by Mahmoud Fouly
CAIRO, March 9 (Xinhua) -- There are promising horizons awaiting the Egyptian-Chinese first-ever archaeological cooperation with the first Chinese archeological team coming to Egypt later this year, Zahi Hawass, Egypt's top archaeologist and former antiquities minister said in an exclusive interview with Xinhua.
"When the Chinese team starts their first season here, of course we're going to cooperate in many things, in excavations, 3D and radar technologies. I think this is the beginning of further archaeological cooperation between China and Egypt," said Hawass, describing the anticipated cooperation as "the best news for archaeology in 2017."
Earlier in January, Chinese Institute of Archaeology under the Chinese Academy of Social Sciences signed in Beijing a cooperation agreement with the Egyptian Ministry of Antiquities, and a Chinese archeological team will accordingly visit Egypt in October for joint excavation work at ancient Karnak Temple in Upper Egypt's Luxor city.
"It was me who started this cooperation, as we did a three-hour TV show at the Chinese Cultural Center in Cairo and I raised the idea to visiting director of Institute of Archaeology, Wang Wei. Then the Chinese side invited head of the Egyptian archaeological sector, Mahmoud Afifi, and the agreement was signed," Hawass recalled.
The Chinese team has a rich excavation experience, unique artifact reparation skills as well as advanced mapping and 3D modeling technologies that qualify it for conducting distinguished work at the relic-rich North African country, particularly in Luxor.
The top archaeologist said that Egypt will start in a month a major program to survey the Valley of Kings with new equipments for the first time to find missing royal tombs, expecting the undiscovered tombs of Amenhotep I, Thutmose II, Ramses VIII and those of the queens of the Eighteenth Dynasty to be there and inviting the Chinese to take part in the project.
"When the team comes to Egypt, I will talk to them to cooperate with us and work with me in the Valley of Kings," Hawass told Xinhua.
With regards to the Chinese government's attempts to promote the idea of archaeology for the public, the world-renowned Egyptologist said that their work in Egypt and participation in key archeological projects in Luxor will best serve the purpose.
"When the Chinese team comes here, their work will be published everywhere. The public in the streets of China will know that Chinese scholars of archaeology are working in Egypt for the first time ever," said Hawass.
As two of the oldest civilizations on earth, Egypt and China have been suffering growing thefts of rare antiquities and artifacts and they struggle hard to return them through legal and diplomatic channels.
Hawass said that he returned more than 6,000 stolen artifacts from all over the world to Egypt and that his strategy in this regard was adopted by many countries, including Peru, which he helped return some of their artifacts.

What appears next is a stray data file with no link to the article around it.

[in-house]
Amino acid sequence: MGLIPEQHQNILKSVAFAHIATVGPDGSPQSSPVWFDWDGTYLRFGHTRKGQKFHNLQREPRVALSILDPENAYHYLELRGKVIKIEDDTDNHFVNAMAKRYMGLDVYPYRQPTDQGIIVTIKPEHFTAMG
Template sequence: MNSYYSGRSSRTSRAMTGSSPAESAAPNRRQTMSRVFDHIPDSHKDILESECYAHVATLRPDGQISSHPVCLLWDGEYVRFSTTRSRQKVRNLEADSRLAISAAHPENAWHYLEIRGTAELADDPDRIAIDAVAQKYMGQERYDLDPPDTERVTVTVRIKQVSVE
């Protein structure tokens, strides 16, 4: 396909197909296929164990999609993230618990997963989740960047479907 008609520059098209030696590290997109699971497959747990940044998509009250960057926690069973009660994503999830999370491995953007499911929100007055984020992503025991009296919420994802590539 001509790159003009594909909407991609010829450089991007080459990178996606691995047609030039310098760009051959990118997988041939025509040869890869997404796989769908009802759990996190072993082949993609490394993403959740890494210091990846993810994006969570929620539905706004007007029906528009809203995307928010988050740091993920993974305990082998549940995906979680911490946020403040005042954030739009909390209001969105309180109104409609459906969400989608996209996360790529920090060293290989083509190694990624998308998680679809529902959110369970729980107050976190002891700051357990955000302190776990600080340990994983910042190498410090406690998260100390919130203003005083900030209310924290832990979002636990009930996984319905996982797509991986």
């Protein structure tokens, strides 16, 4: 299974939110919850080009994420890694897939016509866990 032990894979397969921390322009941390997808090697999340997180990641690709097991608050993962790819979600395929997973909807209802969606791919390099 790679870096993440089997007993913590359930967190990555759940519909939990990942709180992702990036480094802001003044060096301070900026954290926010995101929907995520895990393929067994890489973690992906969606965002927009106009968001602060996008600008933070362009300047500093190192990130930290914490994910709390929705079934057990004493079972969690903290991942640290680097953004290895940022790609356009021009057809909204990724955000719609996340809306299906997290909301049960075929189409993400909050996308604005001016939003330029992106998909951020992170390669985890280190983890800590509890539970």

"We now have a department in Egypt, where I am a member, called the Department of Returning Stolen Artifacts. I think we can give our expertise to the Chinese to tell them how they can bring back all the artifacts stolen from China," Hawass said.
Hawass valued the Chinese love for Egyptian antiquities and the study of Egyptology at some Chinese universities.
"I did a five-minute live TV show to China the moment I finished sending a robot via a tiny hole inside the Great Pyramid, an event that was followed by billions of people around the world, especially in Asia and China," he told Xinhua.
The top Egyptologist excitedly recalled that the moment the robot found a second door inside the Great Pyramid in Giza was "unforgettable" in his life, saying he was stunned as the idea was beyond his imagination.
"I did drill a small hole of 1.1 cm and I sent an optic camera inside the Great Pyramid and I found a second door. I never thought in my life that anything could be discovered inside the Great Pyramid," he narrated, saying the scanning project this year may reveal secrets of the Great Pyramid for the first time in history.
Hawass continued that the Pyramids scanning project involves teams from Japan and France, noting it will be a very important year for archaeology with attempts to reveal what is hidden behind the secret rooms found by the robot.
Although rich of antiquities, Egypt's tourism sector has been going through a sharp decline due to various security issues and terrorist attacks that led several Western states, besides Russia, to suspend tourist flights to the country.
The country's Pyramids plateau has been visited by three major world figures in March, German Chancellor Angela Merkel accompanied by President Abdel-Fattah al-Sisi, Hollywood's superstar Will Smith and FC Barcelona's legendary soccer player Lionel Messi.
Hawass' previous statements on Messi's unexcited reactions at the Pyramids were highlighted by some media as an offense. However, Hawass explained to Xinhua that his remarks were misunderstood and that he respects Messi, follows all his matches and sees his visit to Egypt as extremely important for tourism promotion.
As for Smith, Hawass referred to him as "my friend," saying he knew the American movie star since 2006 when they both were chosen by Time magazine among the top 100 world's most influential figures. "Smith took a selfie for me and him in front of the Sphinx and I think this photograph was published all over the world."
In conclusion, Hawass stressed that the three visits of Messi, Smith and Merkel will help Egypt's tourism recovery, inviting people all over the world and the Chinese in particular to visit the country, reassuring that "Egypt is safe."